Principle of inclusion and exclusion
The principle of inclusion and exclusion (also the principle of inclusion and exclusion or the inclusionexclusion method) is a helpful technique for determining the power of a set . It is mainly used in combinatorics , number theory and stochastics .
The principle expresses the cardinality of an original set through the cardinalities of its subsets . These are usually easier to determine. It is named after the procedure in which the size is initially estimated from above using the sum of the sizes of not necessarily disjoint subsets (inclusion), but then an attempt is made to correct this again by subtracting the size of the common intersection of the subsets (exclusion) .
The principle
It is a wellknown result that for every two finite sets and
applies. Here you can already see the principle of inclusion and exclusion. By the cardinality is first of of estimated above. This too high number is then corrected by subtracting . The purpose of this correction is to subtract those elements that are contained in as well as in and were thus initially counted twice.
The figure on the right shows that a generalization to three finite sets
results.
In general, we want the cardinality of the union of finite sets
determine. As a first approximation, we get the sum of the cardinalities of the . However, this sum can be too large, since we would count elements from the intersection of two sets several times:
To correct this, we can now subtract the sum of the cardinalities of the intersections of all pairs of sets by means of exclusion. Then:
For elements of the cut three levels would  although only two times too often counted in the inclusion  by , by and by three times removed again. Correcting this by inclusion, i.e. by adding the sum of the size of all sections from three sets, results in:
This is followed by exclusion
and so on, where, for example, means that all ordered triples are summed that obey the inequalities .
sentence
The following general statement can be proven.
Given a finite set that can be written as a union of subsets , i. H. . In the following, for an index set, the set denotes the intersection of all subsets identified by the elements of the index set, i.e.:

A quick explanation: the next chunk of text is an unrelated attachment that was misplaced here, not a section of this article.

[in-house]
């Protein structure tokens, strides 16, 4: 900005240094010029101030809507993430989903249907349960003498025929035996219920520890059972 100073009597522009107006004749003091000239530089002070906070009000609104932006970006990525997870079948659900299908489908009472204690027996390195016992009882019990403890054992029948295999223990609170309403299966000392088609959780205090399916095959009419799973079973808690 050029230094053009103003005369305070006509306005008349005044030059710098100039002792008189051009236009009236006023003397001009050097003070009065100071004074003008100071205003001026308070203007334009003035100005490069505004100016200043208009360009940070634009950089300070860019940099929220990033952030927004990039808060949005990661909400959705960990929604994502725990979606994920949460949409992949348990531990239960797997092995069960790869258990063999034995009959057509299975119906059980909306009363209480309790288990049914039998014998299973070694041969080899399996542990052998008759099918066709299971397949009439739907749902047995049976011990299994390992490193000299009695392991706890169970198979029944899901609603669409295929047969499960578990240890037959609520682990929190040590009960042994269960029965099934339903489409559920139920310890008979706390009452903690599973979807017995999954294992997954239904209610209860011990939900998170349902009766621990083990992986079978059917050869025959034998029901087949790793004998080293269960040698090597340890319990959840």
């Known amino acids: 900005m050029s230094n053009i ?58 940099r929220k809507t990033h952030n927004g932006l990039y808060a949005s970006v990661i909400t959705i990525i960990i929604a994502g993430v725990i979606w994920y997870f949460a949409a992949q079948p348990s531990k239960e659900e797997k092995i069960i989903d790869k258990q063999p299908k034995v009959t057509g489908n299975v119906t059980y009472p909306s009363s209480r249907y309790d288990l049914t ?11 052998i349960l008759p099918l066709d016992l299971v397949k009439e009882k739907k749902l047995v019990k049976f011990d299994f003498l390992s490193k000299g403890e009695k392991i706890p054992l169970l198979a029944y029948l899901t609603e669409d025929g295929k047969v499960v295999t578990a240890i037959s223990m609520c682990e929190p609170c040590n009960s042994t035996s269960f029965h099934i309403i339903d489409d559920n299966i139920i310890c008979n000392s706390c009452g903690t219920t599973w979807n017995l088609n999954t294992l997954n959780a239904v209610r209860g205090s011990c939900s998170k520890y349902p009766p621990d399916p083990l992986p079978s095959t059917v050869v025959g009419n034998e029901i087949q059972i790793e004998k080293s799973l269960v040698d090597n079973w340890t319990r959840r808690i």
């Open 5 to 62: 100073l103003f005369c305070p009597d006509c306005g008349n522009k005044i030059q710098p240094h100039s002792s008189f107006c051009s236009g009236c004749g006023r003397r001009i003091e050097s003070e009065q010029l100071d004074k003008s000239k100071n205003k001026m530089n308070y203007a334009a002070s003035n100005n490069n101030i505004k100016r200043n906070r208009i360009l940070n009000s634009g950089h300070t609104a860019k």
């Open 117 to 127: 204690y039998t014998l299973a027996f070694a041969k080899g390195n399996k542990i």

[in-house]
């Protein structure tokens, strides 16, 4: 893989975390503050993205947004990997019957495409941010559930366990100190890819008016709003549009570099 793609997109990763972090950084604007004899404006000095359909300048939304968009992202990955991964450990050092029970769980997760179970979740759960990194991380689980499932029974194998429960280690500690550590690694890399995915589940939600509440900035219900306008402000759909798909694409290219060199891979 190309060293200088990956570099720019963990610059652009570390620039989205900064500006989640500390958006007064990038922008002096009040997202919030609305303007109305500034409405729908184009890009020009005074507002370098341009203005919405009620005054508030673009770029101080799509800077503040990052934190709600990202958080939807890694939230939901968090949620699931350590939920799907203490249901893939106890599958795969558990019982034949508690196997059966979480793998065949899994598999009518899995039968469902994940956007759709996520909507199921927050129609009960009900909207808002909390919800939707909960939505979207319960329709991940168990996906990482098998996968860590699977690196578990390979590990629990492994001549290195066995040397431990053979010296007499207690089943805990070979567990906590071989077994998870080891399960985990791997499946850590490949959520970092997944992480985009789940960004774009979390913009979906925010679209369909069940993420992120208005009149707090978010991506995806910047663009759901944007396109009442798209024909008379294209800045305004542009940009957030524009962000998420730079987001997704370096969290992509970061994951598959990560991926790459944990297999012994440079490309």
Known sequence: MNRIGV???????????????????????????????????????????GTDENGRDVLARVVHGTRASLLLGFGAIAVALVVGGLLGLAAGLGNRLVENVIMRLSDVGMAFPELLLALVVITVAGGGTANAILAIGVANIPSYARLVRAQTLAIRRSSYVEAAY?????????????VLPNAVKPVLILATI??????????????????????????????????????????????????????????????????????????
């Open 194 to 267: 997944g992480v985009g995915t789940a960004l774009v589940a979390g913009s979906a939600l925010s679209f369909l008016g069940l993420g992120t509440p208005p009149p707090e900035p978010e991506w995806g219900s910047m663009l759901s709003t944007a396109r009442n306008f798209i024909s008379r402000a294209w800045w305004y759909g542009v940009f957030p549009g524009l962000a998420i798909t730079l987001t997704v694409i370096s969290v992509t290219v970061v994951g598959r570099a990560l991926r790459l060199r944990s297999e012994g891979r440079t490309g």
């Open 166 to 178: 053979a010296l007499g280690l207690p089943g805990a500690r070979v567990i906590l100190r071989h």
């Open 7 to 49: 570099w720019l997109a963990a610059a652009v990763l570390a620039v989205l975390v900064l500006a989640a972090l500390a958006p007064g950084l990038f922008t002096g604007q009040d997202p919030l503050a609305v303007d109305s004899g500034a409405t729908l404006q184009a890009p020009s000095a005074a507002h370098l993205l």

with the special case
Then:
In other words: If one considers all possible cuts (except for the empty cut ), the cardinality is equal to the sum of the cardinality of all cuts of an odd number of subsets (inclusion) minus the sum of the cardinality of all cuts of an even number of subsets (exclusion ), formal:
application
The sieving formula by Poincaré and Sylvester , also called the addition theorem for probabilities , provides an application of the principle :
The following applies to the probability of any event from a probability space :
Because of the additivity of measures , the heuristic proof given above for the principle of inclusion and exclusion, which was carried out using the means of elementary set theory, can be transferred directly to probabilities.
For example, for three events , and always
 .
In general, this statement also applies to finite content on rings .
example
In the preChristmas tradition of elves, a group gives each other presents. Everyone gives gifts to exactly one person and in turn is given gifts by exactly one person. It is determined randomly by lot who receives which gift. Ideally, each should receive someone else's gift. However, it can happen that someone accidentally receives their own gift. For the person concerned, the surprise would be over. But how likely is this to happen to a group of people?
Expressed mathematically, one would like to determine the probability of event A: = "At least one person receives their own gift". This is equivalent to the fact that at least one of the events A _{i} : = “Person i receives their own gift” applies to, where the number is the number of people who take part in the elf. The right term of the sieve formula
can be simplified too

 ,
since in this example the probabilities of all intersections with the same number of subsets are the same. The probability that certain people will each draw their own gifts is
 .
With the help of the definition of the binomial coefficient one obtains

 .
After shortening the fractions it results
 .
With the sums notation this can be abbreviated as express.
With large groups, quite a few summands have to be added and the factorial quickly becomes extremely large. In this case it is useful to form the limit of this sum for :
The series is the evaluation of the Taylor series with the expansion point of the natural exponential function at the point , which is why the solution is simplified to the whole . This value can be viewed as an approximation for large . In large groups, the probability is roughly that at least one person will receive their own gift.
See also
Web links
literature
 Norbert Henze : Stochastics for beginners. An introduction to the fascinating world of chance. Springer Spectrum, 10th edition, Wiesbaden 2016, pp. 70–76.
 Klaus Dohmen: Improved Bonferroni Inequalities via Abstract Tubes  Inequalities and Identities of InclusionExclusion Type. SpringerVerlag, 2003, ISBN 3540200258 .
 Stasys Jukna: Extremal Combinatorics. Springer, May 2001, ISBN 3540663134 .
Individual evidence
 ↑ Correspondingly in slightly different clothing in: Norbert Henze: Stochastik für Einsteiger. An introduction to the fascinating world of chance. Springer Spectrum, 1st edition, Wiesbaden 1997, pp. 7477.
 ↑ Stefan Bartz: Selfwatering in 2 of 3 games . In: Stochastics in School . No. 33 , 2013 ( stefanbartz.de [PDF; 684 kB ]).